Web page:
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Driving Strategies

With over 230 million cars on the road, today’s motorist is confronted with many challenges.  Urban roads are jammed and our highways carry more traffic than they we designed to handle.  Over the last 35 years, the number of drivers has increased 65%, but over the same time, we have added only 6% to our highway system.

The video, Surviving Urban Driving discusses basic driving strategies for areas such as New Jersey which has more cars per road mile than any other state.  Any governmental entity may download and use this video. 

  1. Maintain Proper Following Distance:  Urban driving is based on the principle that if you are aware of a problem soon enough, you can control it.  The biggest mistake urban drivers make is following the car ahead too closely.  Your ability to avoid an accident is directly related to the distance between you and the vehicles in front and around you.

    What is the proper following distance?  Most drivers think of car lengths, but it is almost impossible to estimate distance while driving.  An easy way to determine following distance to determine following time in seconds.  The minimum following time when driving a car is two seconds.  When the car ahead passes a fixed object, such as a pole or a sign, count two seconds to yourself – one thousand one…one thousand two.  Your vehicle should not reach the pole or sign until the end of the two-second period. By counting seconds, following distance automatically increases as speed increases. Two seconds is the minimum.  You want to be far enough back so that you can comfortably take your eyes off of the car head. For most drivers, that is about three or four seconds.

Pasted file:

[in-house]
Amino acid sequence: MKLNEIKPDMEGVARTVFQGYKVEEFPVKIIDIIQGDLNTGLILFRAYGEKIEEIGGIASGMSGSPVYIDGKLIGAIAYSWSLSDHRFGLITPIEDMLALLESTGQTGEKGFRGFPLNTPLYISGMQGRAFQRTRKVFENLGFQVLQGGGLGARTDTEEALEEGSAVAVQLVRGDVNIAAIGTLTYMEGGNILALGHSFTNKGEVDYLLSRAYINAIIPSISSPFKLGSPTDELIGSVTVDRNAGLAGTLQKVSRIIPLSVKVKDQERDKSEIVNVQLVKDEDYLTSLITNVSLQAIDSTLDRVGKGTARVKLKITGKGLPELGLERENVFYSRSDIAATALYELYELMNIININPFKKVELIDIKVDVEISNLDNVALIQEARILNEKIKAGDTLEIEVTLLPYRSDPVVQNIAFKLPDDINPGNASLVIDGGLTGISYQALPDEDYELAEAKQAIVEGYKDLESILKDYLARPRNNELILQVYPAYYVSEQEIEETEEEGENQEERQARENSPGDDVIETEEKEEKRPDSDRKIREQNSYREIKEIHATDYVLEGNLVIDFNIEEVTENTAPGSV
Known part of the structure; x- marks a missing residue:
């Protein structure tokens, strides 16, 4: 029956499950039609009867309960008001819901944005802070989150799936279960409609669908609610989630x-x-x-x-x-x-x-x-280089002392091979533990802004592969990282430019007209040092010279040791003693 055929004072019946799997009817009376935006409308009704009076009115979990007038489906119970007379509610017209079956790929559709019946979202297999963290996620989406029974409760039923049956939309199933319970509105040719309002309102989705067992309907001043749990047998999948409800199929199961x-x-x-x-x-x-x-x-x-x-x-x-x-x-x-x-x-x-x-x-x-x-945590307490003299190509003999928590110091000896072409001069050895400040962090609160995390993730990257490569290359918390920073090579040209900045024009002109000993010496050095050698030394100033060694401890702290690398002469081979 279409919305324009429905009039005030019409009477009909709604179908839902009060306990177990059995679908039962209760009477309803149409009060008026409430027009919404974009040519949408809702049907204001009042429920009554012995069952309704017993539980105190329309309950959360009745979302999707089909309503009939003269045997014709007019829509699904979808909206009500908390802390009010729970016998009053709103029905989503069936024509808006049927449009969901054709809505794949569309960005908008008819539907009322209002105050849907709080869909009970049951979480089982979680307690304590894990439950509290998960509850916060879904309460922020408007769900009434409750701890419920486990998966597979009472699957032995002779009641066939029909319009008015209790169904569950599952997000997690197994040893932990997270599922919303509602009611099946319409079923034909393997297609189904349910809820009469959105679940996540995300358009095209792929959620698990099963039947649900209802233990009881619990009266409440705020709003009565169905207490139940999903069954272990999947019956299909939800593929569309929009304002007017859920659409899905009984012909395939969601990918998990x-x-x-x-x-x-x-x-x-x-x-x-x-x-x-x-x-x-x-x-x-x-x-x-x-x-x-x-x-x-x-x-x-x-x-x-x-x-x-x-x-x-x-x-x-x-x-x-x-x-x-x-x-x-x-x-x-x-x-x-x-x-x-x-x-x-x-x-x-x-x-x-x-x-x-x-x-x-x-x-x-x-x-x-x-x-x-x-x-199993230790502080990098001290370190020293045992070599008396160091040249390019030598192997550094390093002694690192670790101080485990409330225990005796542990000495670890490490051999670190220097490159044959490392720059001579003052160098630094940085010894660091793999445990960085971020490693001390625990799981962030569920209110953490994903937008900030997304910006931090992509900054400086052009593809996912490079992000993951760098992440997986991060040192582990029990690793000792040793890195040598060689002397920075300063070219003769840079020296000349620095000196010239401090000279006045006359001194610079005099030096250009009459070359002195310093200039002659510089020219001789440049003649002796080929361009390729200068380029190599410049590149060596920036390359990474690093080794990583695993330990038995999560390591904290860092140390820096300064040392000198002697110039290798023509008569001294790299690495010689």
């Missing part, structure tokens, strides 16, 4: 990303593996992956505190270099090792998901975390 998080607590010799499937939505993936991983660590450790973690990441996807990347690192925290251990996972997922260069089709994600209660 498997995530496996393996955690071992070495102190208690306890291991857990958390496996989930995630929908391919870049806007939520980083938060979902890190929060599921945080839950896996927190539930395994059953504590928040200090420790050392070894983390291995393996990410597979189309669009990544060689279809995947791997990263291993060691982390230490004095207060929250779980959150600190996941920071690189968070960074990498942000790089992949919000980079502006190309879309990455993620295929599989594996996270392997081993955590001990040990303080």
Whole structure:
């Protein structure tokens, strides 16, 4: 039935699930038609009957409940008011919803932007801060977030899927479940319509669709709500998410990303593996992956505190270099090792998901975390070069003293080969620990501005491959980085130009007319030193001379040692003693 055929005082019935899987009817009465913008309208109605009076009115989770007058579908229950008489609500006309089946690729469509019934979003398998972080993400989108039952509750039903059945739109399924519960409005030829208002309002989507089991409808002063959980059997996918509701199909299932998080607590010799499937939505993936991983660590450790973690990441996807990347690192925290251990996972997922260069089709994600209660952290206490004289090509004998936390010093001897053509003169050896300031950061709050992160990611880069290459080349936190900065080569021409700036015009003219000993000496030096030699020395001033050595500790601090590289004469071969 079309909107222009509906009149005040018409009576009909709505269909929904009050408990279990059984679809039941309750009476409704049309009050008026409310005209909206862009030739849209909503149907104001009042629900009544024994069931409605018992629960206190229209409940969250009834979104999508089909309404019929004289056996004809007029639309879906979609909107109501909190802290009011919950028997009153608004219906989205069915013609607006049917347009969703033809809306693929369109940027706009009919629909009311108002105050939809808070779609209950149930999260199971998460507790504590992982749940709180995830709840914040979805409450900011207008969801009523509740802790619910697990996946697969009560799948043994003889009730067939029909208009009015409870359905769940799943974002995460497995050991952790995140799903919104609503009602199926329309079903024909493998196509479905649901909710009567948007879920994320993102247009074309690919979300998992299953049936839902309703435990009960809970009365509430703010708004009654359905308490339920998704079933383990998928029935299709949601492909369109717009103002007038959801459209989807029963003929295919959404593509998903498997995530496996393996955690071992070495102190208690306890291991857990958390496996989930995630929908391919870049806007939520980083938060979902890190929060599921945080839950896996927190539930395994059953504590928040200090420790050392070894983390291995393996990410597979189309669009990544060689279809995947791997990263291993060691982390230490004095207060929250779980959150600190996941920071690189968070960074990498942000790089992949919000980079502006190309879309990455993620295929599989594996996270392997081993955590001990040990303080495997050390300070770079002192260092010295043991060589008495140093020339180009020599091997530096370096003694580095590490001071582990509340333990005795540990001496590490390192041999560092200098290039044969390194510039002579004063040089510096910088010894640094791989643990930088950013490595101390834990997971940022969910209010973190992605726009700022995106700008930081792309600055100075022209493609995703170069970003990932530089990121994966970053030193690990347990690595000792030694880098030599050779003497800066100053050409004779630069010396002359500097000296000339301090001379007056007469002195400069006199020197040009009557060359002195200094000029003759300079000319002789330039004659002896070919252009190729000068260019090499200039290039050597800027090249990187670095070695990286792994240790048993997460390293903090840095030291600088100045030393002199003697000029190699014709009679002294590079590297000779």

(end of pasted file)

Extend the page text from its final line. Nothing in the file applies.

1. Make effective use of your eyes:  Research shows that you only see clearly in the central 3 degrees of your line of sight.  Everything to the side is blurred.  At 100 feet distance, clear vision is only a 5-foot diameter circle.  At 300 feet, clear vision is only a 15-foot diameter circle. So to make effective use of your eyes, you must scan from sidewalk to sidewalk for a block or two ahead and in the rear view mirrors.

    On expressways, look as far down the road as possible.  By occasionally scanning a tenth of a mile ahead or more, you can often see what will cause the vehicles ahead to react, even before they do.  This is why following distance is so important.  You cannot make effective use of your eyes if you are too close.   And you cannot make effective use of your eyes if you have a cell phone held to your ear, or are drinking coffee, or are engaged in a debate with passengers.   

  1. Control dangerous situations; In most situations the most effective way to control hazards is to slow down and cover the brake.  When we say cover the brake, we mean take your foot off the accelerator and rest it lightly on the brake pedal.  You don’t have to depress he brake very hard.  Covering the brake does three things:
    • Your vehicle will begin to gradually slow down
    • Your reaction time will be reduced because your foot is already on the brake pedal, and
    • Resting your foot on the brake pedal will light your brake lights and communicate with motorists behind you that you might have to stop.

Most importantly, you must have a positive towards your responsibilities.  While you can’t always control the actions of others, you can learn to control your own emotions and you can take steps to keep yourself mentally alert.  Avoid the temptation to take short cuts or push yourself and your vehicle to the limit.